Ghee is simply pure butterfat that has had the milk solids removed. The milk solids are the part of butter that turn brown when the butter is heated. Many people who are intolerant to lactose find they are able to enjoy ghee without experiencing digestive issues. The short-chain fatty acids of ghee are readily metabolised by the body.
Ghee is rich in antioxidants and strengthens immunity. Aside from being one of the best healing natural fats, ghee is soooo delicious! The high smoke point of ghee makes it a perfect fat for cooking.
Make a small batch to start and, then, when you are confident, prepare larger batches. Because you are removing the milk solids, ghee will keep unrefrigerated for months.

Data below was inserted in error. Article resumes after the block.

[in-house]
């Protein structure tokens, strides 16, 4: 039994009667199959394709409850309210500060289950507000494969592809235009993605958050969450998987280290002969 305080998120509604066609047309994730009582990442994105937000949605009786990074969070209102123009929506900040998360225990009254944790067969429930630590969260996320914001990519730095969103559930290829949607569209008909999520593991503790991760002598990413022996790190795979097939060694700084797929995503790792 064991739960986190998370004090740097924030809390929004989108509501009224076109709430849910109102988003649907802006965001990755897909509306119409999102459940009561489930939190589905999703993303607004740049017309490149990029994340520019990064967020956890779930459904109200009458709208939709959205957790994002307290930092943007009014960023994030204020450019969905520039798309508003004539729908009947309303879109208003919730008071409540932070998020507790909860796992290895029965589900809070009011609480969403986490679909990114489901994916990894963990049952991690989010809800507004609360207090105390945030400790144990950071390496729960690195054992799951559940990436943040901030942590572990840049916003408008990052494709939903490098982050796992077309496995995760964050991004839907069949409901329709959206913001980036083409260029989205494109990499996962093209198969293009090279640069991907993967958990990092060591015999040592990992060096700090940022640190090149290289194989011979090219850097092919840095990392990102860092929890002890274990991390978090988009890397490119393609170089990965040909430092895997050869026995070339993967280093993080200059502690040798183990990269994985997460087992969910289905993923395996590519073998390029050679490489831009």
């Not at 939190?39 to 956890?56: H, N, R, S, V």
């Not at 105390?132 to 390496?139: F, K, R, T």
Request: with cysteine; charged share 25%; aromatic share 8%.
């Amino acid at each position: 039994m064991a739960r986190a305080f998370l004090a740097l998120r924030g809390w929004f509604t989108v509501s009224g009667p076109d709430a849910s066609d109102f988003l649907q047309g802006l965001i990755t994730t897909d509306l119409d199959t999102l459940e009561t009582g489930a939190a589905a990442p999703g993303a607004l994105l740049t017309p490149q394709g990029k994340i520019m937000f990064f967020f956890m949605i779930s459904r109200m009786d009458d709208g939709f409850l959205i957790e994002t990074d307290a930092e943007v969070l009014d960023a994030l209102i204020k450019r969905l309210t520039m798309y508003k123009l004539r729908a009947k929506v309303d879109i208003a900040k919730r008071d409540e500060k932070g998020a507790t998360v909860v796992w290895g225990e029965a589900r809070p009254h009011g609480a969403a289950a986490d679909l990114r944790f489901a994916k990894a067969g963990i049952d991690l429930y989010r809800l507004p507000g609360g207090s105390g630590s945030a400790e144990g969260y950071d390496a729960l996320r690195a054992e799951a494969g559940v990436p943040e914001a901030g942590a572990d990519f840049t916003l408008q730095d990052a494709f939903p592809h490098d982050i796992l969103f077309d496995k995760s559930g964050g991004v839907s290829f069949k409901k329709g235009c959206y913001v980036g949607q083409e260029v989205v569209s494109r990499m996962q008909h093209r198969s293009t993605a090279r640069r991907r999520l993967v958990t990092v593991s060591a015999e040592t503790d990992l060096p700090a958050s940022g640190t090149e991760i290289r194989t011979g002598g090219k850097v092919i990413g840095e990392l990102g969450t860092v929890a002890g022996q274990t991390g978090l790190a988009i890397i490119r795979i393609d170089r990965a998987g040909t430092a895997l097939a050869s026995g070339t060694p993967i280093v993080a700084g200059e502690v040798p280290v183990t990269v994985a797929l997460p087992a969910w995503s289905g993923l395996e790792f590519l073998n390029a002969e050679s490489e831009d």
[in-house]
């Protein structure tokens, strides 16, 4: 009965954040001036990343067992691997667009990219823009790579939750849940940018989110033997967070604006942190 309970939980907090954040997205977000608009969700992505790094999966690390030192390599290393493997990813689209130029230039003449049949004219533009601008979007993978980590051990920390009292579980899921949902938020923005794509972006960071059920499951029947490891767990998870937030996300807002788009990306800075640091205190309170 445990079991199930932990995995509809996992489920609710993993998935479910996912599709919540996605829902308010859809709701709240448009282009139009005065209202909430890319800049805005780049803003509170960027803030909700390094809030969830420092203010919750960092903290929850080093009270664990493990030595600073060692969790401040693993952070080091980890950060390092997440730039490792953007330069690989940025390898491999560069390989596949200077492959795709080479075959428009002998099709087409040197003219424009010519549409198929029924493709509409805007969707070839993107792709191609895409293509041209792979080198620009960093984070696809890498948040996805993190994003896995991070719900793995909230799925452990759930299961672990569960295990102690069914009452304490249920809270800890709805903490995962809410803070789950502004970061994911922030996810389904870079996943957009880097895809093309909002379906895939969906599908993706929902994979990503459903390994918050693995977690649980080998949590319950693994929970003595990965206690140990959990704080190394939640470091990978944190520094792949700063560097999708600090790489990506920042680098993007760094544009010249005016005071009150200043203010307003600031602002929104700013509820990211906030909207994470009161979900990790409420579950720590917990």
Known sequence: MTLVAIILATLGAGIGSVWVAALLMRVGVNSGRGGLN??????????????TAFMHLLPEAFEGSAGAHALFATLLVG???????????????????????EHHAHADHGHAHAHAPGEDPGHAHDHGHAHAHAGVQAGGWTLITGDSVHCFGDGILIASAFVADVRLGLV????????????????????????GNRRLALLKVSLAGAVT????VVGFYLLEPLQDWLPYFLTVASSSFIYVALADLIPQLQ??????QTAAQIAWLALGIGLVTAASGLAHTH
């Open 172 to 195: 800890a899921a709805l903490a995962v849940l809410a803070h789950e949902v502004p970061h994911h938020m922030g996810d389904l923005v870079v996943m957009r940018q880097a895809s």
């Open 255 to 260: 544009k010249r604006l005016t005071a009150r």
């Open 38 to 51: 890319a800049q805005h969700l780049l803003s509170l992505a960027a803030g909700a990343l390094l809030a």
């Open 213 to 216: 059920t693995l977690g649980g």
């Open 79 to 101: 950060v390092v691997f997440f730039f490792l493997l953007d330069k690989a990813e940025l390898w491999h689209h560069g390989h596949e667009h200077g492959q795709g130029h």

Fat absorbs flavour. If you like to experiment, add some aromatic spice to the butter when it reaches boiling point. Try such things as a stick of cinnamon, two star anise, some slices of ginger, half a dozen crushed cardomom pods or a small garlic bulb cut in halves.
500 g unsalted butter (grass-fed is good; organic and grass-fed is better)
Melt the butter in a heavy-based saucepan over a medium heat. As the butter melts, it will begin to boil and separate. Keep the butter boiling steadily and do not stir. Allow it to cook for 20–25 minutes, or until the bubbling dissipates and the milk solids at the bottom of the saucepan turn golden brown. Check the butterfat is clear by gently tilting the pan.
Line a fine metal sieve with two layers of muslin or use a clean Chux and strain the ghee into a large sterilised jar. Ghee will keep unrefrigerated for many months.